CHICAGO (AP) — Illinois is among the 24 states across the nation hardest hit by the flu, but vaccine is still available in most locations, health officials said Friday as they urged people to get their shots.
Statewide, numbers of hospitalizations and deaths continued to surpass previous years and continued to climb. Illinois Department of Public Health spokeswoman Melaney Arnold said Friday that 368 people have been admitted to hospital intensive care units with the flu this season and 27 have died.
Most of the Illinois hospitalizations and deaths were among people in their 50s and older. No children have died. Nationally, 20 children have died from the flu.
Illinois hospitals were asked to enforce restrictions on visitors. The state health department advised hospitals to temporarily bar visitors younger than 18 and to limit visitors to two per patient at any one time.
"There is no doubt we are experiencing a severe flu season. However, we have seen severe flu seasons before and we will continue to work to reduce the number of people who become ill," said the state's top public health doctor, LaMar Hasbrouck.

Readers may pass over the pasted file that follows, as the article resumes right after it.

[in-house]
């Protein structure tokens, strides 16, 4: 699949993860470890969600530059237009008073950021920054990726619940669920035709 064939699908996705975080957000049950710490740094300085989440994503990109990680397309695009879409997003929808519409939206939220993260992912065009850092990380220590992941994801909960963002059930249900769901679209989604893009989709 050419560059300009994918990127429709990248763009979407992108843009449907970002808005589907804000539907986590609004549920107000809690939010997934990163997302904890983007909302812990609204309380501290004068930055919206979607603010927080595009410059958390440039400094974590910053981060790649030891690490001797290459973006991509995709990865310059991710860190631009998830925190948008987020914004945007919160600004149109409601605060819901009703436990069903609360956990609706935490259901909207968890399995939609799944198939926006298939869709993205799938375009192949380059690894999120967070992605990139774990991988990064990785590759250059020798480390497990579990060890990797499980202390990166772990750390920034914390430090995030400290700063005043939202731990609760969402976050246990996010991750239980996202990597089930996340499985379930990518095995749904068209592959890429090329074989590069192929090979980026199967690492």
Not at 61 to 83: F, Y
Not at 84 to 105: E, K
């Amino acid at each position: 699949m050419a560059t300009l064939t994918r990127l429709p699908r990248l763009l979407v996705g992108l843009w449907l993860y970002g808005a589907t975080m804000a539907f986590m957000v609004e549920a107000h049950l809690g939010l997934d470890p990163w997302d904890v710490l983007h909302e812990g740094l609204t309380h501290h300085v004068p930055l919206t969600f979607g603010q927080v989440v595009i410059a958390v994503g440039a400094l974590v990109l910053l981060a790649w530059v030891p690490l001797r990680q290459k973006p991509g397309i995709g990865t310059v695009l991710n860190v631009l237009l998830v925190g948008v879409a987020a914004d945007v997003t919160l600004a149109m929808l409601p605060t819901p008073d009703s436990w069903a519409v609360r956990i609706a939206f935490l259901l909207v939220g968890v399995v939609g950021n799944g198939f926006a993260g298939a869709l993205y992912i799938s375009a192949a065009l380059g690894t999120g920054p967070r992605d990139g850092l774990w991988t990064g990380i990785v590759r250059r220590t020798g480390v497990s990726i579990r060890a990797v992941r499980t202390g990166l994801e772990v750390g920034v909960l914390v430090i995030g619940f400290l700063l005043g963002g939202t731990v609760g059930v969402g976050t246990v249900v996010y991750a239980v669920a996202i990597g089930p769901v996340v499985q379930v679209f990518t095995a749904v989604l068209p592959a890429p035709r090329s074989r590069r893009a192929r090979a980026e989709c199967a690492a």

In Chicago, public health officials got creative in reaching out. The city's health department held a chat on Twitter to answer questions, and Mayor Rahm Emanuel tweeted a question in the form of a photo. He held a sign reading: "Any advice for people who shake a ton of hands? (hash)FluChicago."
To answer, Dr. Julie Morita of the health department replied via Twitter: "My advice is to wash your hands frequently and have hand sanitizer readily available!"
Chicago reported a slight decrease in flu activity this week, but health officials said the dip may be only temporary. Last week there were 31 patients in intensive care with the flu, a decrease from 35 the previous week.
"Our goal is to encourage as many people as possible to get vaccinated," said Chicago Department of Public Health spokesman Brian Richardson. "We have free clinics across the city and our Care-Van mobile unit is at different locations every day providing free vaccines to Chicagoans." Richardson said there's no shortage of vaccine.
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